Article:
“People with higher incomes pay a lot more money, and some of them may be tempted to leave,” Californian Governor Jerry Brown said last month after ­Washington passed the tax package. “This was an assault by ­Republicans in congress against California.”

The fear of a so-called millionaire exodus is especially high ­because in California the wealth­iest 1 per cent pay 48 per cent of ­income tax, so even a handful of rich families leaving could have a disproportionate impact ­on the state’s coffers.

“The new state law is kind of like icing on the cake for some who were thinking about moving out of the state,” Californian state Democrat Fiona Ma says. “If they don’t have to stay here because of work or family, it doesn’t give them a lot of incentive.”

New York Governor Andrew Cuomo has also warned that the tax reforms could lead wealthy New Yorkers to flee the state.

“People will take a certain amount of abuse and then there is a point,” he says. “The question is: what is that point? Nobody knows for sure, but you don’t want to reach that point.”

In New Jersey, the Democratic president of the state Senate, Steve Sweeney, has warned against intro­ducing a “millionaire’s tax” in the state because “we can’t afford to lose thousands of people”.

“You know, 1 per cent of the people in the state of New Jersey pay about 42 per cent of its tax base,” he says. “And you know, they can leave.”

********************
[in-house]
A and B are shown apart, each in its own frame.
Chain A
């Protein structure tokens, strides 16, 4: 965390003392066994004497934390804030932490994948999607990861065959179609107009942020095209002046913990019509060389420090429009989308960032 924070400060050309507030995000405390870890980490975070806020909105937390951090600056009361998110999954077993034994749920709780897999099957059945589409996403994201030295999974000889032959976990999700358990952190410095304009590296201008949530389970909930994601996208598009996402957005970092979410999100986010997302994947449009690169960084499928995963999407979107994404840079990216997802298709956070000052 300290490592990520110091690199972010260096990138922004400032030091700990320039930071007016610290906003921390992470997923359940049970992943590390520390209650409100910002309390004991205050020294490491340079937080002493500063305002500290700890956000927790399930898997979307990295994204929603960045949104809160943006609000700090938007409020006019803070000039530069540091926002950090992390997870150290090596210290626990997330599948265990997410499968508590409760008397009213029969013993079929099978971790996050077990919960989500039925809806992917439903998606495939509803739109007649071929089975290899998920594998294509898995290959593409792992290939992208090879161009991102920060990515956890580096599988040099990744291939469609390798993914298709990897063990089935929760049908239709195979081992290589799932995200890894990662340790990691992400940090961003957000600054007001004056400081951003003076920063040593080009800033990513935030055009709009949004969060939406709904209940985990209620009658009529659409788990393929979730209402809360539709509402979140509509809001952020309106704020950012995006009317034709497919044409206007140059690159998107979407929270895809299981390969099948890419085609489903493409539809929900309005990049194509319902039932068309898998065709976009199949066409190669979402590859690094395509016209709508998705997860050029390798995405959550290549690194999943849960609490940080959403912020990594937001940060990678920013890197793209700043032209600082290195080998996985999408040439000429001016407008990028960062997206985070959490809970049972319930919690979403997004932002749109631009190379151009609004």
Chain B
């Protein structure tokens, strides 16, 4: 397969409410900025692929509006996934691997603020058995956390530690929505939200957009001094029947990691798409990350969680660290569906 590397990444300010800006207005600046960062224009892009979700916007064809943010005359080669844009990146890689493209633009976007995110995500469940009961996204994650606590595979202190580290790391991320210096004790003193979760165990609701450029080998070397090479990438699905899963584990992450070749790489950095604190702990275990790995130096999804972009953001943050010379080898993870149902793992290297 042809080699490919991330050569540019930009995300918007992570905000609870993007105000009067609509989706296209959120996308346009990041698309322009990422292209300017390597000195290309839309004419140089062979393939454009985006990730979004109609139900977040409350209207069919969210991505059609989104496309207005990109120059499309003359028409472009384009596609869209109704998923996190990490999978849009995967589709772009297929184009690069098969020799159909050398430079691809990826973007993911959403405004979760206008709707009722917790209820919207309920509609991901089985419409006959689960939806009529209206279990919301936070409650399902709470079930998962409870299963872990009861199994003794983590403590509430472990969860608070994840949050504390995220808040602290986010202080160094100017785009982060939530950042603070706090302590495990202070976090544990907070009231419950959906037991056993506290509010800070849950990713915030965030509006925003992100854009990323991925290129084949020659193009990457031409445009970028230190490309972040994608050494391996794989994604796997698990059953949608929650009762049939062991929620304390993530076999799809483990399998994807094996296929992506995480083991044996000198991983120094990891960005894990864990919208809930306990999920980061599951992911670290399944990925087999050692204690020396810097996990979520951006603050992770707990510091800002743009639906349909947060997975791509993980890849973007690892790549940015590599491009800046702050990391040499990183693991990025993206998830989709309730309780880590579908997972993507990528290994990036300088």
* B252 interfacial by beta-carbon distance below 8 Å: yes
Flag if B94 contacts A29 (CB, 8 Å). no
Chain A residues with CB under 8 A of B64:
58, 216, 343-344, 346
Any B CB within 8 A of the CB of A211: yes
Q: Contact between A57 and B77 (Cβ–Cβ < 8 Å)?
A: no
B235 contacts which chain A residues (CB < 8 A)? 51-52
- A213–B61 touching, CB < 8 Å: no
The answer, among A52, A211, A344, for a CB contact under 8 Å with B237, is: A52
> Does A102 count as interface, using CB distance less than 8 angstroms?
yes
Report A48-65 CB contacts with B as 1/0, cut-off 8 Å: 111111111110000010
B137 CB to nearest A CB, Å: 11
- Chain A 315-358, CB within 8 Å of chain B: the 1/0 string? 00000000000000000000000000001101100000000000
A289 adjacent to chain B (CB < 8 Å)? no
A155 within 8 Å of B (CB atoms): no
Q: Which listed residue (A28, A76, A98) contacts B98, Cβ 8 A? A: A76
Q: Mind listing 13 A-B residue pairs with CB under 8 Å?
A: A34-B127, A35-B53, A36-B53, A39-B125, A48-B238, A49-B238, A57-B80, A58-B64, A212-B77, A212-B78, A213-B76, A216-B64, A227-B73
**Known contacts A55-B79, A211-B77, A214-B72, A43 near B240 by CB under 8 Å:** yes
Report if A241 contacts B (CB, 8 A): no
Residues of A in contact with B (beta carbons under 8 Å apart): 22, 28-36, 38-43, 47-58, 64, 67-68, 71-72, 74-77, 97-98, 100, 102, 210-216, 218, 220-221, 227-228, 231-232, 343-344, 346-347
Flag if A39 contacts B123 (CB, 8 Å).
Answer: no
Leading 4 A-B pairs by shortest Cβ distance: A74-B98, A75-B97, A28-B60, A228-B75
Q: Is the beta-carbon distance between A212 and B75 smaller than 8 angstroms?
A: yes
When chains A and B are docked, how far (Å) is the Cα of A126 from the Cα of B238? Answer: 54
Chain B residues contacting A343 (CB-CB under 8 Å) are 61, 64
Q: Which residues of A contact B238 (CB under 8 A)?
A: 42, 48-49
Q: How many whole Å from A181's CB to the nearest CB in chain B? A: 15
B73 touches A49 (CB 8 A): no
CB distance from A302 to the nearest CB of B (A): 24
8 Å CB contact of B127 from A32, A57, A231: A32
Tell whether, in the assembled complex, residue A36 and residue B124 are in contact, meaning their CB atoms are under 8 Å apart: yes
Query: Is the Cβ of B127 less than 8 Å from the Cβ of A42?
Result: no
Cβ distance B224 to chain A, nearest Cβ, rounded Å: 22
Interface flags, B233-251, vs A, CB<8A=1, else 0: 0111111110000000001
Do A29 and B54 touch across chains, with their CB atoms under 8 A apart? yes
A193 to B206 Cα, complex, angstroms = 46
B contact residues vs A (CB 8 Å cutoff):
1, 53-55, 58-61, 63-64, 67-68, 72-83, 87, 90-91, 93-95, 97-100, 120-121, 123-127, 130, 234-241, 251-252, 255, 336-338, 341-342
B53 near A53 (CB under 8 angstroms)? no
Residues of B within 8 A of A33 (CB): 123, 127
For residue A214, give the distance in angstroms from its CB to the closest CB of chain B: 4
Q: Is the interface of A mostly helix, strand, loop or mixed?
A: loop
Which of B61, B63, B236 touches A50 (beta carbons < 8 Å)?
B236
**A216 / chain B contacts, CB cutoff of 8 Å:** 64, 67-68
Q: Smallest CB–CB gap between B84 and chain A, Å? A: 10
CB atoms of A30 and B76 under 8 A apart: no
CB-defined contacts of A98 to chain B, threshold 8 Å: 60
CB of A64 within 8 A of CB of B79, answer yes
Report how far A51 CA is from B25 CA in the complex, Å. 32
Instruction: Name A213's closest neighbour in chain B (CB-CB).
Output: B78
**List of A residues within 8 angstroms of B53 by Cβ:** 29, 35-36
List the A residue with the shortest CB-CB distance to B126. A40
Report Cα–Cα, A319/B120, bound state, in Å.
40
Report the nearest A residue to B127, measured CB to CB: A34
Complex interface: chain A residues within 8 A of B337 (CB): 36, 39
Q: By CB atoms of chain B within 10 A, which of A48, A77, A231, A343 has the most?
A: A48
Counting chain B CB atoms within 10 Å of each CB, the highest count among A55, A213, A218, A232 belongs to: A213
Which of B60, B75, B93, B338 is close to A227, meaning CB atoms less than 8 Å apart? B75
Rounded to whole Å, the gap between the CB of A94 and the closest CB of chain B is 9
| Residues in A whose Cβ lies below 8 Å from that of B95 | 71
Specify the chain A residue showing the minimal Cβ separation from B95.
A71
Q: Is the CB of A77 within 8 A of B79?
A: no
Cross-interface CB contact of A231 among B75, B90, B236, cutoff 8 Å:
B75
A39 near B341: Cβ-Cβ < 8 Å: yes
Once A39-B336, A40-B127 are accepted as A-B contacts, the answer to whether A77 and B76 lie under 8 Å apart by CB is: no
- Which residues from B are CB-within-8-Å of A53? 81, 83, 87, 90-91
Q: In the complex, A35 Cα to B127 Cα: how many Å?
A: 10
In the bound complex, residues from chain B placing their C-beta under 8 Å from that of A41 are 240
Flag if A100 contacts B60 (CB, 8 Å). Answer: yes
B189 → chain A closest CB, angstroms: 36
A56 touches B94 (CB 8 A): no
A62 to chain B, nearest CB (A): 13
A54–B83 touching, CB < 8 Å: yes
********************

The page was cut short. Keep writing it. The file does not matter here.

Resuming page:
Williams says tax-driven ­migration between states is also contributing to the broader changes in the political demographics of the US. The population shifts are leading to fewer House of Representative seats for high-taxing states and more for lower taxing states.

“The 2017 census estimates provide a clear manifestation of how states with competitive, free-market policies continue to win the day,” he says.

For tax refugee Susan Button, it came as a surprise to learn she is not the only one in her small community who moved across the border for tax relief.

“Here in the Pocono Mountains of northeast Pennsylvania, I understand there are other fam­ilies who have relocated here from New York and New Jersey ­(because of) the high cost of living in those states,” she says.

“It’s sad because New York is one of the most beautiful states. Niagara Falls, the Finger Lakes, the impressive Adirondack Mountains — I still miss seeing those.”

Cameron Stewart is The Australian’s Washington correspondent and also US contributor for Sky News Australia. 

Reprinted with permission from The Australian.